Connor Neurauter, 21, a junior hockey player at the University of Calgary, pleaded guilty in 2017 to sexual interference of a young girl when he was 18 years old.
But what's even more shocking is the fact that the University of Calgary has failed to expel Neurauter, despite the fact he is a convicted sexual assailant.
Many who signed the petition gave the reason that expulsion would show that U of C sides with victims, or that it takes students' safety seriously, but Marshall wrote that failing to do so is not proof that Neurauter's rights are being prioritized.
The university said in a statement this week that it is "reviewing the situation", but did not respond to questions from BuzzFeed Canada about what, if any, consequences Neurauter could face.
The university's stance on his returning to campus in the fall is undecided, said Marshall, adding the man is "considering his options" on whether to switch universities.
He was sentenced to 90 days in jail but was allowed to finish his second-year courses this semester before checking into a regional correctional facility in Kamloops.
He served the first day of punishment on January 4 but then the judge delayed his sentence to May 4 so that the sexual predator could finish his semester.
Kaitlyn Casswell, the woman behind the petition, said she was disappointed at the University of Calgary.
The girl said that at one point, he choked her before giving her a bra as a present.
The girl's identity is under a publication ban.
Kaitlyn Casswell started a petition to have Connor Neurauter expelled from the University of Calgary
"There were a number of safety concerns that we took into account in our decision", she said Friday."We know that victims of sexual violence ... may have been triggered by this incident and we were also anxious about his safety, given some of the commentary on social media".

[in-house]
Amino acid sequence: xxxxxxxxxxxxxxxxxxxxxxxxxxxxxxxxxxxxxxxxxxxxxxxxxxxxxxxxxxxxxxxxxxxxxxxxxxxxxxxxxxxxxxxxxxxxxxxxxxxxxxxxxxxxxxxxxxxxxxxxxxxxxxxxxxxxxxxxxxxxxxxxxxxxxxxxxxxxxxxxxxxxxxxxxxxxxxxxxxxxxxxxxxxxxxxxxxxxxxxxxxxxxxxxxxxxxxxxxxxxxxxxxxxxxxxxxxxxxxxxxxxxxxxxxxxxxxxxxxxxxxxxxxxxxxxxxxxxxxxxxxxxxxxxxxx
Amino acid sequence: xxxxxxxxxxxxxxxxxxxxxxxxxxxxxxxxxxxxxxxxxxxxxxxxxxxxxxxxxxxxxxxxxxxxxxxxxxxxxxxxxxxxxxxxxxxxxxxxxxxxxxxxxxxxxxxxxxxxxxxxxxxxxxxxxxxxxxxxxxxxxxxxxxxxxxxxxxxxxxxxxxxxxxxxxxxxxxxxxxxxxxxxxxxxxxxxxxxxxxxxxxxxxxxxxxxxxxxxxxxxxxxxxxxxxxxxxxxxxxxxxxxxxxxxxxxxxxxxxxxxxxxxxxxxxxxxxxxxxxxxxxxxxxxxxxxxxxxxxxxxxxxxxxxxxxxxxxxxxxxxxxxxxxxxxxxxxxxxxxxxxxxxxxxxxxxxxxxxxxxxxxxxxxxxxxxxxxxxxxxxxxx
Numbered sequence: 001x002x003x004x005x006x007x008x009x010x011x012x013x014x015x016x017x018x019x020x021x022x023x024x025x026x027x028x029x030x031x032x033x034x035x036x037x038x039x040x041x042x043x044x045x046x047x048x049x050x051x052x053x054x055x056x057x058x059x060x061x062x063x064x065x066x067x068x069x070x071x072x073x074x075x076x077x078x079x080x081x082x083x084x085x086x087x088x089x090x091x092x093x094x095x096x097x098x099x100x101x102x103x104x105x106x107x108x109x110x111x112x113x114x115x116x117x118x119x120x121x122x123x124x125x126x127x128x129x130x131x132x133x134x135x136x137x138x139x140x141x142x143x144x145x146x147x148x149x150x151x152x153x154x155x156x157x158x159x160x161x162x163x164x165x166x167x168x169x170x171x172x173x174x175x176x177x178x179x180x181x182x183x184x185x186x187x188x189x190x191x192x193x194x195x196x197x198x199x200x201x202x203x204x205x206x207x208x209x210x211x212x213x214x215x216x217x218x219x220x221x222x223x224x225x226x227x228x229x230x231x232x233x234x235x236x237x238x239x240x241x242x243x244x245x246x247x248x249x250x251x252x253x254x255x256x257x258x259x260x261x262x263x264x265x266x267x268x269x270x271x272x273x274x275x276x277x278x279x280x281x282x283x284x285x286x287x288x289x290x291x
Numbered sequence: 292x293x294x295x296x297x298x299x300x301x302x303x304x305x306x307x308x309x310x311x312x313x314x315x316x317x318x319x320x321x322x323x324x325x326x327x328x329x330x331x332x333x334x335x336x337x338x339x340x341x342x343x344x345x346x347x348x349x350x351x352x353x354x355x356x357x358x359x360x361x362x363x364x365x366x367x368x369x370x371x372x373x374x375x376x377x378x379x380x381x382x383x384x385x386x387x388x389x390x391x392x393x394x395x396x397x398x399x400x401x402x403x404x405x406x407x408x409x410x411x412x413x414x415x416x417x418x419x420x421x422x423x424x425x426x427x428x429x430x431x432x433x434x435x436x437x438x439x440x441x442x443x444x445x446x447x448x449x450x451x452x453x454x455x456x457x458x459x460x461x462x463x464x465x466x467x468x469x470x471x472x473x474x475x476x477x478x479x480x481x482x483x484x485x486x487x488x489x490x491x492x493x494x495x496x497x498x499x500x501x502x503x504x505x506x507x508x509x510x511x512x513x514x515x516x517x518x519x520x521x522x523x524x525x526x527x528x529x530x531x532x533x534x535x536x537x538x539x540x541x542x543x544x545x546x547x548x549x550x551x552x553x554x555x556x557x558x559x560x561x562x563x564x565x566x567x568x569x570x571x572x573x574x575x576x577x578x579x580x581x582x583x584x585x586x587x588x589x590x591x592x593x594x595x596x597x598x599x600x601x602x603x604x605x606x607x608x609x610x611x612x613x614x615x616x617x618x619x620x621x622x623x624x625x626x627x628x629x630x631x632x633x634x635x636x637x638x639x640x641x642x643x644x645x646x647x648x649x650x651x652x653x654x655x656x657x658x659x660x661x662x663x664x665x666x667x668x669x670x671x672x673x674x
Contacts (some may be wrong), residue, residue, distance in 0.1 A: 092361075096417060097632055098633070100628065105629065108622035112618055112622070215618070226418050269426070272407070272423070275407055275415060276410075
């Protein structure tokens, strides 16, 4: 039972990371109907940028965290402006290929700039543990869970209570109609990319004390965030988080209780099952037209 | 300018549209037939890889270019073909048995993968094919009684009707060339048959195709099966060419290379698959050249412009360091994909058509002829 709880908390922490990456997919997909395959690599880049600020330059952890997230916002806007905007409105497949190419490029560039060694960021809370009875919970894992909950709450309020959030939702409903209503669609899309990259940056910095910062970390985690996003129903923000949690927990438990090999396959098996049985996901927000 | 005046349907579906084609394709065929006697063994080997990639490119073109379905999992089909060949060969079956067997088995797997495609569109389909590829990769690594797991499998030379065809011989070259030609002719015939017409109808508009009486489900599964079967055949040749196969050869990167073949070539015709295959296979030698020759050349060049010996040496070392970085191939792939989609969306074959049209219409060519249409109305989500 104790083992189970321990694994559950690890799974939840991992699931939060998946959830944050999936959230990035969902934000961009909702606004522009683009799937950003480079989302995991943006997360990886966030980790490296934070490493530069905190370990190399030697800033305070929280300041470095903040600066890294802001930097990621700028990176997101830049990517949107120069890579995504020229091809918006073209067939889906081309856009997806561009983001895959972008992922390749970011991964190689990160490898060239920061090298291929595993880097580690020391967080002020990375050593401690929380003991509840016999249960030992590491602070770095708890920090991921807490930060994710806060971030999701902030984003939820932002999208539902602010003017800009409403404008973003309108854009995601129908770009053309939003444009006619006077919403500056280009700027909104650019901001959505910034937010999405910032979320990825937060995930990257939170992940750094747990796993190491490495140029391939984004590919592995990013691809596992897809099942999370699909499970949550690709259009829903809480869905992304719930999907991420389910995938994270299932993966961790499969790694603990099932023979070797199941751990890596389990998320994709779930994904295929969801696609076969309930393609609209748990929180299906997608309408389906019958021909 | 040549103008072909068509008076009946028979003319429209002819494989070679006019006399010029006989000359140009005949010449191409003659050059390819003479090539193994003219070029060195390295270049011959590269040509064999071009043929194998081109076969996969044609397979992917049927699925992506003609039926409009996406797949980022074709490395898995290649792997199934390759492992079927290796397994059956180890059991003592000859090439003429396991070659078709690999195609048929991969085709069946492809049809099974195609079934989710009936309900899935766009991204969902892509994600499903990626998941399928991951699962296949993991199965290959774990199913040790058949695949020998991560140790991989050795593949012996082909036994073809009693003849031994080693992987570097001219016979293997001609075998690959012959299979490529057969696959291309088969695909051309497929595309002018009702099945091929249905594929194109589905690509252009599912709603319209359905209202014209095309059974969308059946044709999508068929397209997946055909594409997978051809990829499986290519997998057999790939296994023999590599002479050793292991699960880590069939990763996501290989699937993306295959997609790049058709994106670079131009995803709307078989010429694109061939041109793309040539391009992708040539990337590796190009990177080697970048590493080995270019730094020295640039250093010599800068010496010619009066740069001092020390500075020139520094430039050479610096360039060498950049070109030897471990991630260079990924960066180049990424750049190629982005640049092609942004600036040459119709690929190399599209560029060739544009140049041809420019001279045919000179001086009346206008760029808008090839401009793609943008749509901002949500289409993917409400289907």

On Thursday evening, the University released a statement saying that there are no grounds to expel Neurauter because the incident took place before he was enrolled as a student.
She says her son has been threatened online and she's heard students are demanding class lists to find out where he's going to be on campus. His choice was meant to minimize the impact on the victim.
She called for the episode, and others involving sexual harassment or abuse recently confronting other Canadian universities, to open a dialogue to hammer out a nationwide policy on the matter for post-secondary schools.
"It discourages victims from coming forward as perpetrators are accommodated and their actions are excused for the sake of not impeding their 'potential'".
The university said Tuesday that Neurauter was not on campus this week while it reviewed the situation.
Neurauter's parents, Chris and Susan Neurauter, issued a statement to CBC News expressing support for their son and concern over how the media have covered the story.
"It is important and significant exactly what kind of offence is involved and whether there is a significant risk to any other students".
Marshall was asked whether the school is aware of any direct threats against Neurauter.
"It's about providing justice to all concerned in this very hard situation".